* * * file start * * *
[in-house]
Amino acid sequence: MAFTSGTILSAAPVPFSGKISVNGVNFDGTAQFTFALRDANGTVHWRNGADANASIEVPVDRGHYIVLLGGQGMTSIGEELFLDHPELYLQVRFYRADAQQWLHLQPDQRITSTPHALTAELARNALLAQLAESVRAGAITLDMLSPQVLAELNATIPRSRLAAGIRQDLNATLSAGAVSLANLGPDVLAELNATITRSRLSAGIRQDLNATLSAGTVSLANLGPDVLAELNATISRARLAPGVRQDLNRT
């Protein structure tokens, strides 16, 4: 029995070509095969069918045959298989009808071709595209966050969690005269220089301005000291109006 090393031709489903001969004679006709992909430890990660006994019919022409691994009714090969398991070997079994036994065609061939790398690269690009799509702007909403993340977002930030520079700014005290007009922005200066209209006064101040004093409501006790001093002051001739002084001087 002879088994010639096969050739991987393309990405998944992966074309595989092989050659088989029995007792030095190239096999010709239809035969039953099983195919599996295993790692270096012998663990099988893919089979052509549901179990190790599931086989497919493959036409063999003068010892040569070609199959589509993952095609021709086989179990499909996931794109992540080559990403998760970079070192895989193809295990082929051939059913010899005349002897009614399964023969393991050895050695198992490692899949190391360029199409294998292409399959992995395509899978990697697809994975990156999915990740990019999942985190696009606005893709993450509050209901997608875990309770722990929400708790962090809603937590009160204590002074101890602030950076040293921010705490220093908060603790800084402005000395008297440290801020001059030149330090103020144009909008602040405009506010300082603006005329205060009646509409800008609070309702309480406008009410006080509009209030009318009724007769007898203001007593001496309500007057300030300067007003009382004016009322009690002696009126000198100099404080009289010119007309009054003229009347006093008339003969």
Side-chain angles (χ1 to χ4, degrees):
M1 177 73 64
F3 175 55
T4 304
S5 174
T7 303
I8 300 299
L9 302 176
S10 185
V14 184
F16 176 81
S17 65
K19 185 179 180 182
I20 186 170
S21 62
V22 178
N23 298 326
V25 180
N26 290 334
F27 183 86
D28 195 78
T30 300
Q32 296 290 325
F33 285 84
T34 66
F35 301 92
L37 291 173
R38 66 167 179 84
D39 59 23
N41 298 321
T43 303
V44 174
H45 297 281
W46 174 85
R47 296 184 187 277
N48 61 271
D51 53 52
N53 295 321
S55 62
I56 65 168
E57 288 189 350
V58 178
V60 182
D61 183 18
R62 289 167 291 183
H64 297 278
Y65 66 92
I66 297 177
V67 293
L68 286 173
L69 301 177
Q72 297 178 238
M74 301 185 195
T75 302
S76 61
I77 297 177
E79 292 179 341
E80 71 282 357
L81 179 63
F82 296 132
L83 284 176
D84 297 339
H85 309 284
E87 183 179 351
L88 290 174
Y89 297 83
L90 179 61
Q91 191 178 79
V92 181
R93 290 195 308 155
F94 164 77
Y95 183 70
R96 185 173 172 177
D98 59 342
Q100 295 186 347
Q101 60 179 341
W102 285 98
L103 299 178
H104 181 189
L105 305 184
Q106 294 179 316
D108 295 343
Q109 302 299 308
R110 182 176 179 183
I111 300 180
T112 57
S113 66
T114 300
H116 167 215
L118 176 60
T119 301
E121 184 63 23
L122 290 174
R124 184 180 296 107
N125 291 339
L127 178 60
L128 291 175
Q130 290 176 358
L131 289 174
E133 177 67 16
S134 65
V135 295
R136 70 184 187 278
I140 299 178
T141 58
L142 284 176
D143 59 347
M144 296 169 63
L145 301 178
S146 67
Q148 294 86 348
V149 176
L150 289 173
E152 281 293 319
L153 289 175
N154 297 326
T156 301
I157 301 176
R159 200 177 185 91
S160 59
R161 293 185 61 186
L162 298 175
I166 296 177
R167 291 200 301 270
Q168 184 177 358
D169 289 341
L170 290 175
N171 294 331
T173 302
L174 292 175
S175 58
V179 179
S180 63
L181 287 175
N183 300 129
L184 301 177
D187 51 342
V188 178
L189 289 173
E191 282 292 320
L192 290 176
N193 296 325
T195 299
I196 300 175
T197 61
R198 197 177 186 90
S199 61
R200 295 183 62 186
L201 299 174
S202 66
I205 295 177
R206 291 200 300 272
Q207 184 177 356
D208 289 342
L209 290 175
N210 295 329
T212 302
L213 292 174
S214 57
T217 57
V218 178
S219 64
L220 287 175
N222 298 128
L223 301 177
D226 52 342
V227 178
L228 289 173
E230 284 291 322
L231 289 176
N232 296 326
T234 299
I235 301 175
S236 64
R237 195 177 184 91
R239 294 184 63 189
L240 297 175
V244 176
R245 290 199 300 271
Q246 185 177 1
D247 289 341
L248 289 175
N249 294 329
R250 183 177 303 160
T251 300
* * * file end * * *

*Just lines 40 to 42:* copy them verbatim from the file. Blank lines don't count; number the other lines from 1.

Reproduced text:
D51 53 52
N53 295 321
S55 62